I still have a whack of 1970s necklaces in boxes. They're collectible costume pieces so I keep them there to protect them, for now. I haven't shown you hardly any of them, so hopefully one day soonish I'll do a wee show-and-tell.
|Denim jacket: Canada, thrifted|
Tie-dye sweater, pendant and purse: gifts
Shoes: Toronto $2 sale, used Kenneth Cole
Maternity jeans: retail, H&M.
On the style front, when it hasn't been heat-waving, I've been doing my best with maternity jeans and whatever top suits my fancy. I've been feeling rather flat when it comes to my wardrobe, but I realize I'm fueled by a need for comfort and also am facing diminishing options!
|Black swing sweater: UK, retail half-off sale|
Maternity leggings: Pebbles.co.uk
Maternity skirt: Canada, thrifted
UGG suede/cork wedges: Annecy, consignment
Bling: France, vide grenier
(Blackboard: Horsfall and Wright).
With really sore and tired legs, I've recently rediscovered the joy of compression leggings and tights (they prescribe them as a matter of course in France for pregnant women, to prevent varicose veins, but they also relieve discomfort and fatigue in your legs like you wouldn't believe).
Since I now cannot live without them and have banished my maternity jeans to the back of my closet, I have to say that this new development has precipitated a bit of a style dilemma: what the hell do I wear with them? Skirts and dresses, yes, but again, they need to fit over my growing belly ....
I've also been dealing with the aftermath of two of the worst haircuts I've ever had. Look at this shaggy mop - only a couple weeks since the last cut!
As you may know, I've been growing my hair out for some time. And I've been to TWO places since moving back, asking the stylists to thin out my mass of straggly hair into layers. Both failed abysmally. Depressing to to realize after a few days post-cut that your hair looks just as bad and unflattering as it ever did.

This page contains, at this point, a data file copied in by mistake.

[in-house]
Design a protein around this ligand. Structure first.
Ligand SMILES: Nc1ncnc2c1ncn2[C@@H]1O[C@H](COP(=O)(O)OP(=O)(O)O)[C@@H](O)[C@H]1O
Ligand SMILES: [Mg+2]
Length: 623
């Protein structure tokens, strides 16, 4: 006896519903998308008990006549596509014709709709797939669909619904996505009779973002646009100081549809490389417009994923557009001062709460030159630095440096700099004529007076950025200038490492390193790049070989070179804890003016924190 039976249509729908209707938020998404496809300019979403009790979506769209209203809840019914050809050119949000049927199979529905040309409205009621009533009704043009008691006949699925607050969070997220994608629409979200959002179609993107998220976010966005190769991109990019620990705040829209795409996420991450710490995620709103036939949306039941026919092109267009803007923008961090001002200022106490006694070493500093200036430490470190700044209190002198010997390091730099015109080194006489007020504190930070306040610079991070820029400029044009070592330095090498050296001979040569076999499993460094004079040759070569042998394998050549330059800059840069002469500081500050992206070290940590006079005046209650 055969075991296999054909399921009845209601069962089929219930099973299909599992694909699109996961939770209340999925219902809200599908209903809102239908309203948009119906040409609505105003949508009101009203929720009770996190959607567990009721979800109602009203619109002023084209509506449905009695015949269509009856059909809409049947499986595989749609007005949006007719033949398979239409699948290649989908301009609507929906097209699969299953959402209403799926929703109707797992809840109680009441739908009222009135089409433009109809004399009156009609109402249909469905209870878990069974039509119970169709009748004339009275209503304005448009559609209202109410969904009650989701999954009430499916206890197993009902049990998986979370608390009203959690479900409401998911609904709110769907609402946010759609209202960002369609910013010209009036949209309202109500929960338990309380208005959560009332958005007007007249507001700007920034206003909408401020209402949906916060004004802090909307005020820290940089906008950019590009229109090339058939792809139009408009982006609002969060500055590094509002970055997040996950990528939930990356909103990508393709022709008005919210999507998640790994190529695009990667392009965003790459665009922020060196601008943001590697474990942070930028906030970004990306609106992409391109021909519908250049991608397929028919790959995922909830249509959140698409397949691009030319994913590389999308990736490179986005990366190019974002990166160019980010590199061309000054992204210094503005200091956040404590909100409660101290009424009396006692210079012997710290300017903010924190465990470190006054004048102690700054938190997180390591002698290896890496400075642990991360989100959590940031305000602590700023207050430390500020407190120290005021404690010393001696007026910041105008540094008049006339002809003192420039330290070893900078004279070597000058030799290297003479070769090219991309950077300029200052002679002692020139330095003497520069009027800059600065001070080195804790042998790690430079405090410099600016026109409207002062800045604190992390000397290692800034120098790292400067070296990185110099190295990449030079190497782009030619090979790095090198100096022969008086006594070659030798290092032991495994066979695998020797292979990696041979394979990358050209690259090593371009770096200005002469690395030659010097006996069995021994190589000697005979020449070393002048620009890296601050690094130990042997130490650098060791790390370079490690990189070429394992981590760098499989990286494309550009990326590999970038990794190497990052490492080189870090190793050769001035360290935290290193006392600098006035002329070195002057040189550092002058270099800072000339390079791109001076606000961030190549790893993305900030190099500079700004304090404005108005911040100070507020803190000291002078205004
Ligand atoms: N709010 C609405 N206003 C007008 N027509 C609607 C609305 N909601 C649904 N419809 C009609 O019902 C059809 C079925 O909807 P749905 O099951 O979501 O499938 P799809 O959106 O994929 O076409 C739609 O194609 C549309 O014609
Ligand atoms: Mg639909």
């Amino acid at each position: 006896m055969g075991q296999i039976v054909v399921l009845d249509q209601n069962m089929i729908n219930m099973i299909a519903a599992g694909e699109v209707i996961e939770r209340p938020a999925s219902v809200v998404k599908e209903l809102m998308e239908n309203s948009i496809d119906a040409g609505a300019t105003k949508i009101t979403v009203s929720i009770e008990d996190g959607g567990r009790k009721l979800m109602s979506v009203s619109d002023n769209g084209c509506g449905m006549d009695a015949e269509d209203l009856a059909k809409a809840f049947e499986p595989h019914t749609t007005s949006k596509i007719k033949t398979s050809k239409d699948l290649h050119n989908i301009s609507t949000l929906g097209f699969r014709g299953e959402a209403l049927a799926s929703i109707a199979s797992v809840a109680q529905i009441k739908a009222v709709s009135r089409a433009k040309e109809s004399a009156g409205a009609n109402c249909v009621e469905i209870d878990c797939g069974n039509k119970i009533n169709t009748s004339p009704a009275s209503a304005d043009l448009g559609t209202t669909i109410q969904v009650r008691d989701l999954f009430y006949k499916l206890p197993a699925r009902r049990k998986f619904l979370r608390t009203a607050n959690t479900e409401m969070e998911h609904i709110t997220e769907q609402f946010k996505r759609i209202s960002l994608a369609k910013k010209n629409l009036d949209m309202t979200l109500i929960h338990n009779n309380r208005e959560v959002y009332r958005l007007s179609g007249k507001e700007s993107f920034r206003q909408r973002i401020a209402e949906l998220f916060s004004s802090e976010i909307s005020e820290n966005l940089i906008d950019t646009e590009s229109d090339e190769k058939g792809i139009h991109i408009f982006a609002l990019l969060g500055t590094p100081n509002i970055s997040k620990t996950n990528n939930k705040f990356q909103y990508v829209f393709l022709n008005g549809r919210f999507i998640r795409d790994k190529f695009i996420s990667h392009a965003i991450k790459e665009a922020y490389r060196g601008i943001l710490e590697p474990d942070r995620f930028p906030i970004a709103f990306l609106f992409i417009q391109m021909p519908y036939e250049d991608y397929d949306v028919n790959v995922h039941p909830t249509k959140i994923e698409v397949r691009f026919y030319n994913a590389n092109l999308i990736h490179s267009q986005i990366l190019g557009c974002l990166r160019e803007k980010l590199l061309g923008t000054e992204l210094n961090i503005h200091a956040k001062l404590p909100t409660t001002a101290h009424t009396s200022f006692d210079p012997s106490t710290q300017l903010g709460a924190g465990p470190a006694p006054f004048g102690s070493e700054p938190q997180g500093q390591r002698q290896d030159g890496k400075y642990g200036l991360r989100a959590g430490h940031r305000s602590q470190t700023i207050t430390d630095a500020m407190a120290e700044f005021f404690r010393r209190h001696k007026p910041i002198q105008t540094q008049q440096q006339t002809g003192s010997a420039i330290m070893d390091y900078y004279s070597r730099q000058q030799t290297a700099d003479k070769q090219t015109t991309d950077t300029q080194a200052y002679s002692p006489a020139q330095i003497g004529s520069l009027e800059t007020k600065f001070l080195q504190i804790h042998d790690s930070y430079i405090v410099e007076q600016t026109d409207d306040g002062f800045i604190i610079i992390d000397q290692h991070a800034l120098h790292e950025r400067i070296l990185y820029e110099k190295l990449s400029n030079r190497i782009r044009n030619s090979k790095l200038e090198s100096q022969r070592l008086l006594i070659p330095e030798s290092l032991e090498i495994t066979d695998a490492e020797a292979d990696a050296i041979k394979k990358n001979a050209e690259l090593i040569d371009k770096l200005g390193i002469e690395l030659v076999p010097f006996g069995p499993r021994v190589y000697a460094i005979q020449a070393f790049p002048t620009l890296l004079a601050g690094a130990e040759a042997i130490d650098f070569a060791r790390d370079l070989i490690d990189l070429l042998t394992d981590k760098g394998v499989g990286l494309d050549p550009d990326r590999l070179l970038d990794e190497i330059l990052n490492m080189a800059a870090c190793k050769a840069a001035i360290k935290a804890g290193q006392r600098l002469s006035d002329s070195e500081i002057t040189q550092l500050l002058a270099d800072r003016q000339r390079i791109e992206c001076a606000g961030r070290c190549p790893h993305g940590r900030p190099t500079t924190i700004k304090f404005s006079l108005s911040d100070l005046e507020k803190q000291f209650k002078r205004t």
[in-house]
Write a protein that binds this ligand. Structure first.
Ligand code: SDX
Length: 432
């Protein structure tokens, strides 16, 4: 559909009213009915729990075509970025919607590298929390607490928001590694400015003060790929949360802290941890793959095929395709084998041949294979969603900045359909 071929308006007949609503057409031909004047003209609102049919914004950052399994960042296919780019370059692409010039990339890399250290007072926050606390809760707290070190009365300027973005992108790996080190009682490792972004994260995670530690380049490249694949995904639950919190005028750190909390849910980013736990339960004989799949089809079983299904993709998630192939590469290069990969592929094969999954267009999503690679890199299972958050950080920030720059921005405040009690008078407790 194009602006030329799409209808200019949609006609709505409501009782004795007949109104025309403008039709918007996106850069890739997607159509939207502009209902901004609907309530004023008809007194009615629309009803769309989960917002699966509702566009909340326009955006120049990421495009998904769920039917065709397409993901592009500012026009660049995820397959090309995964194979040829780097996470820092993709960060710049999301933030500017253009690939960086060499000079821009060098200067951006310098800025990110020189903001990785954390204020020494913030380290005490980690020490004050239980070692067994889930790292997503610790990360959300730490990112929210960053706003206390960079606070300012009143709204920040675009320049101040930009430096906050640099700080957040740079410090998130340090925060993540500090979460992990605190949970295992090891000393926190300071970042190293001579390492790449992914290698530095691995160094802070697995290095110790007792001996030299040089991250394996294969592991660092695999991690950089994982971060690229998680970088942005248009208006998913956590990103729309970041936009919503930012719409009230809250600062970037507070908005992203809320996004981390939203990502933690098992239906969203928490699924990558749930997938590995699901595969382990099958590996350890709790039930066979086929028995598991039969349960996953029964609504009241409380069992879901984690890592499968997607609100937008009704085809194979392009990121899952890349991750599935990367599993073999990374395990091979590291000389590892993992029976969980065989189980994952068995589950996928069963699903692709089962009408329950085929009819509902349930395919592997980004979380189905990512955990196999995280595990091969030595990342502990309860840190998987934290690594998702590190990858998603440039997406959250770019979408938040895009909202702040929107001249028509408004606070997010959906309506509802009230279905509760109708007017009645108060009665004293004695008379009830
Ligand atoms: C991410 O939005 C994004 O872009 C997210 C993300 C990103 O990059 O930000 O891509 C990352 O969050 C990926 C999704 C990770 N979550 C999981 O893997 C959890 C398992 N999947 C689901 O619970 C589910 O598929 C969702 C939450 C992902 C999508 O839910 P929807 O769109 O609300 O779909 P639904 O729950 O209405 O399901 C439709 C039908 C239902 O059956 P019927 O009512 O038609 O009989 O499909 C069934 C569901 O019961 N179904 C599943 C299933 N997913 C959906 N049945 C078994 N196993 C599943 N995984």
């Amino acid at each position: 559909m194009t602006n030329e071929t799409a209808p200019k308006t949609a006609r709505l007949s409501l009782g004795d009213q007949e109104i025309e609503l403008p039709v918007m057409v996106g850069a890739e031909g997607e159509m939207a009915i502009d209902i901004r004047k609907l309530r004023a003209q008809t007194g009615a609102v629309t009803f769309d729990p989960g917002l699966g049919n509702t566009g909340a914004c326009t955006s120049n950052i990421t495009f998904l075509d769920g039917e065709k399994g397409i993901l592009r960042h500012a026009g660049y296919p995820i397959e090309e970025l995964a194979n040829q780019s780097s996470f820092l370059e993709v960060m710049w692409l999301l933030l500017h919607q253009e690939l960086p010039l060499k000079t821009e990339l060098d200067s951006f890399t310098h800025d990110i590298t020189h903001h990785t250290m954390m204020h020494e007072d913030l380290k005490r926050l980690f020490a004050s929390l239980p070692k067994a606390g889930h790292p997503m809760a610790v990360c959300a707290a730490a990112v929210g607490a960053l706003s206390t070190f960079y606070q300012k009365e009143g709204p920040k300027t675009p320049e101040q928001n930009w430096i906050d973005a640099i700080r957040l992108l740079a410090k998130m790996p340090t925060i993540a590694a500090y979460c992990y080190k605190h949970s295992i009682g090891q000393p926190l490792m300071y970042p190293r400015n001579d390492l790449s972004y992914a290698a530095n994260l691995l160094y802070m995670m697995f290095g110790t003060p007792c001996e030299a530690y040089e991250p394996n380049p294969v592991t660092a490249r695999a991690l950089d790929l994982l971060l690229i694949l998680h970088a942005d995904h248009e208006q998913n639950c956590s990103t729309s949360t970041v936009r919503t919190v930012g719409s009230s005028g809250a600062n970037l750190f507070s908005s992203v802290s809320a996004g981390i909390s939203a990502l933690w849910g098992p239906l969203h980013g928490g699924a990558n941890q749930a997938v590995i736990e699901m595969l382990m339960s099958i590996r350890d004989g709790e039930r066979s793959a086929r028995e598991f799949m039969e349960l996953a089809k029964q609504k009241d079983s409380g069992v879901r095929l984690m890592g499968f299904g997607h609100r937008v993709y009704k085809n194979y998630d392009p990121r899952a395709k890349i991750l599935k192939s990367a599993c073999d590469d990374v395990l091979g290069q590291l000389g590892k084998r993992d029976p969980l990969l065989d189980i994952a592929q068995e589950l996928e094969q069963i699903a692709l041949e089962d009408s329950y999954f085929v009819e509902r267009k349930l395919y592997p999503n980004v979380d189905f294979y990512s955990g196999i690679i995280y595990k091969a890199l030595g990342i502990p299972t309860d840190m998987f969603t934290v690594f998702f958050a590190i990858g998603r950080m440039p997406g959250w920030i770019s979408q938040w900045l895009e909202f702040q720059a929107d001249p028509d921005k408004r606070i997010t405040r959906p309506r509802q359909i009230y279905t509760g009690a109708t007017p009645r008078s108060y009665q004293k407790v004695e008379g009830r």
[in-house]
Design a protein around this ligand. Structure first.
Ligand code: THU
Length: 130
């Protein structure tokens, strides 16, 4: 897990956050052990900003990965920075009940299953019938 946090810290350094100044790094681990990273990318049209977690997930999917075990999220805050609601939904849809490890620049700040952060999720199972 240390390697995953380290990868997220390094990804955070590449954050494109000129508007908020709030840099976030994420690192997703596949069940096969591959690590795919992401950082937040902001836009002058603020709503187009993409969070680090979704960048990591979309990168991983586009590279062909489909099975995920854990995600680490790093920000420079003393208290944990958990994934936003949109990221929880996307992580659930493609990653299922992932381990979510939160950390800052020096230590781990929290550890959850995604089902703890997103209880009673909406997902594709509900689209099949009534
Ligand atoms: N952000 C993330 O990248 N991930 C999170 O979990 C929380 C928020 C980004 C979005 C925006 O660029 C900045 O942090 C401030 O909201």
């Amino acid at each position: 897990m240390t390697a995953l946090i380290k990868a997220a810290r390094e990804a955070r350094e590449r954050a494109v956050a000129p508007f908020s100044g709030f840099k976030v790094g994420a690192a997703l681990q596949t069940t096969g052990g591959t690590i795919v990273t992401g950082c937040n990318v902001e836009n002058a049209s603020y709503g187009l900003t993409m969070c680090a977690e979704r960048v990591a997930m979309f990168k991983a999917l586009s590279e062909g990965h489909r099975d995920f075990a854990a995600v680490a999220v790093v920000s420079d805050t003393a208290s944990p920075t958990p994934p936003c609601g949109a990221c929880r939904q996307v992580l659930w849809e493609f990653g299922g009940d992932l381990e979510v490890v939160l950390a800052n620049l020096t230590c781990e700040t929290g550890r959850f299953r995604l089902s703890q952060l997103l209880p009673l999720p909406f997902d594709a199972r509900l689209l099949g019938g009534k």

By the way, this was what I was wearing when the woman called me big. Sorry for the headless shot but I was sans photog and couldn't use the auto-time as my battery had died and I have no idea where the bloody charger is!
This French-made wool vest with darling front tie does accentuate my belly, I can't deny that. But I thought I looked pretty chic, especially with a barely-pink knit sweater and black skirt and tights. I found the vest at the Annecy thrift shop I used to frequent.
|Rayban sunnies: France, antique market|
Dress: Toronto end-of-the-line store
Blue swing sweater (yes, I bought several): UK, half-off retail sale
Tights: maternity compression, Pebbles
The rest: below.
Anyway, this is the made-over me, the product of haircut no. three and the ensuing wardrobe inspiration that often comes from a chic, new do.
I've discovered in the two months living here that no matter the weather, layering is the best wardrobing option. So I've layered a swingy cashmere sweater over a dress, and added my fave new thrift shop find, a colossal wool-blend scarf with ethnic print.
Funny, I was Googling "purple ethnic scarf" just the other day, in search of something similar that a crummy ex-boyfriend kept after I left him. And a day later, I find this in a Lytham charity shop, with the tags still on. I call that Thrifting Karma. It's my "new" Fall statement piece.
Aside from the amazing scarf, I'm accessorizing with one of my collectible costume pieces, a 1970s Cadoro necklace found for a song on Ebay (they normally sell for about $100 USD).
The boots you've seen a thousand times, my blue suede Italian boots thrifted in Toronto for $14.99 CAD years ago. Since one pair of my compression leggings are blue, I figure I'll be wearing these booties a lot.
The bag, of course, is vintage 1970s Mulberry found in the Annecy thrift shop for 10 Euros.
Little man's hoodie was thrifted locally (other items gifts). He matches Mommy!
So for now, that's my life! I keep wishing I can post more regularly, but I can never find the time. So for now, these mega-posts may be the norm. Hope you're all well. I'm checking in with your blogs, but not often commenting. xoxo